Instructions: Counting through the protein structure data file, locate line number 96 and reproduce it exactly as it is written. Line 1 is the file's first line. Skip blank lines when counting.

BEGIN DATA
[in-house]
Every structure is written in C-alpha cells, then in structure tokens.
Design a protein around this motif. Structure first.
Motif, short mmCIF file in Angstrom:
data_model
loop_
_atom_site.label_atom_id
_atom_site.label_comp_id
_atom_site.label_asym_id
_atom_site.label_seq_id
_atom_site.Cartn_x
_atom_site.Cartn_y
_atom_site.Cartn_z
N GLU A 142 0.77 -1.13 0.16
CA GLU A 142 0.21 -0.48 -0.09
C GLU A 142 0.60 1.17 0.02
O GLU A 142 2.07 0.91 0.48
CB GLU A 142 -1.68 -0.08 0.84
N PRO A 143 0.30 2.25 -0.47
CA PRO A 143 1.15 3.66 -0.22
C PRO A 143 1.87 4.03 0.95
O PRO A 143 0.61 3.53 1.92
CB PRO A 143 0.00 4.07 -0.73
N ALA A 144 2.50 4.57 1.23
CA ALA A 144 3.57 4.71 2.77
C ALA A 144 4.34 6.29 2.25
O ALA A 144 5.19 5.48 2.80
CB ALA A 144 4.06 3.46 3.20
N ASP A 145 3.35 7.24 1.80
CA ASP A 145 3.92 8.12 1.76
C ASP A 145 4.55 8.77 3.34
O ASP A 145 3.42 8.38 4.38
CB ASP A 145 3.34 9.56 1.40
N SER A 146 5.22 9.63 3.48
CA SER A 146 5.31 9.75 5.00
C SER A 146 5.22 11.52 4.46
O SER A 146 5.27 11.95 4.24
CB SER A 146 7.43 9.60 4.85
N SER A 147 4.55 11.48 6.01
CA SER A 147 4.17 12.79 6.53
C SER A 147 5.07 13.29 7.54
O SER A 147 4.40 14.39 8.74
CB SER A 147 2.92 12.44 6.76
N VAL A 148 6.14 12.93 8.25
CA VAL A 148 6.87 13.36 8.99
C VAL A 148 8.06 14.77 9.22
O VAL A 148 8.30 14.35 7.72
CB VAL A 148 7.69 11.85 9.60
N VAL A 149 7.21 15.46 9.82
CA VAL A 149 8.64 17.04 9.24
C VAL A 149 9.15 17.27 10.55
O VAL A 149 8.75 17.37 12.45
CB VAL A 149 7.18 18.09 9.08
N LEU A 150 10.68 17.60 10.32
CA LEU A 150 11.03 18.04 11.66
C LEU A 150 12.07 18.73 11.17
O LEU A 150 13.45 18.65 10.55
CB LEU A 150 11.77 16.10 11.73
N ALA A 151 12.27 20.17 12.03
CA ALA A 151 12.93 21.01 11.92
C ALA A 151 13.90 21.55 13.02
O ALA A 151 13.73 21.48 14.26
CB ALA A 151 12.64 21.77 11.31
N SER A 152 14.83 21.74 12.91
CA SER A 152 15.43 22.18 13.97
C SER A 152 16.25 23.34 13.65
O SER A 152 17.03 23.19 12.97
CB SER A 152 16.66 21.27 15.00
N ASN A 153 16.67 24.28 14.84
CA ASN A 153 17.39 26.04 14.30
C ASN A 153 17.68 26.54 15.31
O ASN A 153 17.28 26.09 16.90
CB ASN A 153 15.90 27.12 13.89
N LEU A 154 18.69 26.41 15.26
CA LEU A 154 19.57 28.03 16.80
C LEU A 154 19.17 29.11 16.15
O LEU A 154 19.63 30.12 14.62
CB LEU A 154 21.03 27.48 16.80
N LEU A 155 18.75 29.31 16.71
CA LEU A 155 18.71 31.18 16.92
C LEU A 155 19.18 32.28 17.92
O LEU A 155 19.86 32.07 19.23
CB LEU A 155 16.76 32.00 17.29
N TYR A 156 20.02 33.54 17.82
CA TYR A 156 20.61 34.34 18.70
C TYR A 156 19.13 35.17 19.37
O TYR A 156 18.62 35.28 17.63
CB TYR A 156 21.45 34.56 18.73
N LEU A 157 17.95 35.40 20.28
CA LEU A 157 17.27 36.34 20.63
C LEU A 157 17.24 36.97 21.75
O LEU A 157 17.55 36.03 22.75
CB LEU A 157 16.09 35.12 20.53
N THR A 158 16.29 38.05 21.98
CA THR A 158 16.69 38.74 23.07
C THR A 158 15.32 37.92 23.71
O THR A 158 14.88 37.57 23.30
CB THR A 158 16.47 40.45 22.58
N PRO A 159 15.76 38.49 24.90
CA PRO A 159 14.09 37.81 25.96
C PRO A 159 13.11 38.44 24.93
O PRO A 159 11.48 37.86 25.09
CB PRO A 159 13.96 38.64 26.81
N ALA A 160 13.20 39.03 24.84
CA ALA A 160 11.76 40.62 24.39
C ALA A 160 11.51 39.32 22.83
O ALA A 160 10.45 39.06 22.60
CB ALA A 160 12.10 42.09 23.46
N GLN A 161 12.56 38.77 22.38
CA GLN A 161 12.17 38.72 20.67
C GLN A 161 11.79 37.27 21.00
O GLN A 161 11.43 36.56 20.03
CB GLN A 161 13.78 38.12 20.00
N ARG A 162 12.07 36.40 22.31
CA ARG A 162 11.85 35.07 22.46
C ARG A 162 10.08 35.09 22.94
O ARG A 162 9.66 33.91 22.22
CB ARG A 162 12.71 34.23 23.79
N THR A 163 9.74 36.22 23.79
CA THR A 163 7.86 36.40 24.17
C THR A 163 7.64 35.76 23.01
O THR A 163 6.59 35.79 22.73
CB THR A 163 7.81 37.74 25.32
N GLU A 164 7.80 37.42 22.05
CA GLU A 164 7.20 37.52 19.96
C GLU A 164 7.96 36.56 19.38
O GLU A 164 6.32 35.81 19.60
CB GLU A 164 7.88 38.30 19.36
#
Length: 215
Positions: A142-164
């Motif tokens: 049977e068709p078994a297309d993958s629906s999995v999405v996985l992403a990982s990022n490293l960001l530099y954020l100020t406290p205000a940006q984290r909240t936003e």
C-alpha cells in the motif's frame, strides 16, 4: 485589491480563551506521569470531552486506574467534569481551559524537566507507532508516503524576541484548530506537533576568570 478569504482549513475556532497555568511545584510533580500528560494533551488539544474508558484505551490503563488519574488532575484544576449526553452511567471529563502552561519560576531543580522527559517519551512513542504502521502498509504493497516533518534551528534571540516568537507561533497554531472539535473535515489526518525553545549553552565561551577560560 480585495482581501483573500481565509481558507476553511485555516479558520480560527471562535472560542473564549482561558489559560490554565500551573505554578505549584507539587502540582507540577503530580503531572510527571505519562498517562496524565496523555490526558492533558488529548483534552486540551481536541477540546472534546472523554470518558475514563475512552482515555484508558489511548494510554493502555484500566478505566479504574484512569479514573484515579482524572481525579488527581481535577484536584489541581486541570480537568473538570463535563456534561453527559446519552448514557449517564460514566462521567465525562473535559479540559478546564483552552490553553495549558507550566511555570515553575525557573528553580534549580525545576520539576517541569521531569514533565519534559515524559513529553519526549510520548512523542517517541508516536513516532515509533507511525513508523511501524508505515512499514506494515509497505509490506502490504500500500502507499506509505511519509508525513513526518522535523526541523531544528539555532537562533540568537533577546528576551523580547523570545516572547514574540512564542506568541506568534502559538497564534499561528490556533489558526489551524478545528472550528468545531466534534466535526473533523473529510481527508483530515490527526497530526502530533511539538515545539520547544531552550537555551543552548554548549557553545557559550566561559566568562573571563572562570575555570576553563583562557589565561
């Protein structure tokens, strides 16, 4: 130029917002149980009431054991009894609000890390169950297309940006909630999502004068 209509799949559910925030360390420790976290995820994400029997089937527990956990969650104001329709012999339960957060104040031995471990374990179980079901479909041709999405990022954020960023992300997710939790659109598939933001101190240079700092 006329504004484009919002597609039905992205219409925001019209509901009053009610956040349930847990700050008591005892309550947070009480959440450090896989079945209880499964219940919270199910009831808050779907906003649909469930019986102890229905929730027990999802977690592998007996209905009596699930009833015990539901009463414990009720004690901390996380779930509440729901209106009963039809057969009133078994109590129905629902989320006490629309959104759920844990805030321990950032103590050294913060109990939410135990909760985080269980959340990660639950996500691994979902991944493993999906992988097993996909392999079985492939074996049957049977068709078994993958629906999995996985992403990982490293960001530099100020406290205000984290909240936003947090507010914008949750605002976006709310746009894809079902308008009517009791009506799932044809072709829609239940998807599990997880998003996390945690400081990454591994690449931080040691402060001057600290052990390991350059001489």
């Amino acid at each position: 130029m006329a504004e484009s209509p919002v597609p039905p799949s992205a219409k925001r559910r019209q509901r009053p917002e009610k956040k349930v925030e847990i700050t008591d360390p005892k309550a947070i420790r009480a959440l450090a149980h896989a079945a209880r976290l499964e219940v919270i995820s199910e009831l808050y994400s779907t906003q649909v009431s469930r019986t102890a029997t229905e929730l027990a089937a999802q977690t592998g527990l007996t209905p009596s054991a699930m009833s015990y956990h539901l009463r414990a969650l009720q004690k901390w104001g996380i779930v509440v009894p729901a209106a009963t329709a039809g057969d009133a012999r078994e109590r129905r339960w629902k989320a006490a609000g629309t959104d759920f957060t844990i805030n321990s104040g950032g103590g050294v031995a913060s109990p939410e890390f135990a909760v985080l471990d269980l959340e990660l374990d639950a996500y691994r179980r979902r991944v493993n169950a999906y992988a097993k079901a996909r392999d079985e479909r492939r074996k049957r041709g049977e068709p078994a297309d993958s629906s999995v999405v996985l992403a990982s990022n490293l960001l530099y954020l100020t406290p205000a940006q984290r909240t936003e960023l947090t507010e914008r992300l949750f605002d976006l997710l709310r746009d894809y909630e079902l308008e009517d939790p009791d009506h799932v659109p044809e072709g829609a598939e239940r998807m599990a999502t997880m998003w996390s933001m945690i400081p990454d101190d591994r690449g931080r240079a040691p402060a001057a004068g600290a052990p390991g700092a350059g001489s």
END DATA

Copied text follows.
C THR A 158 15.32 37.92 23.71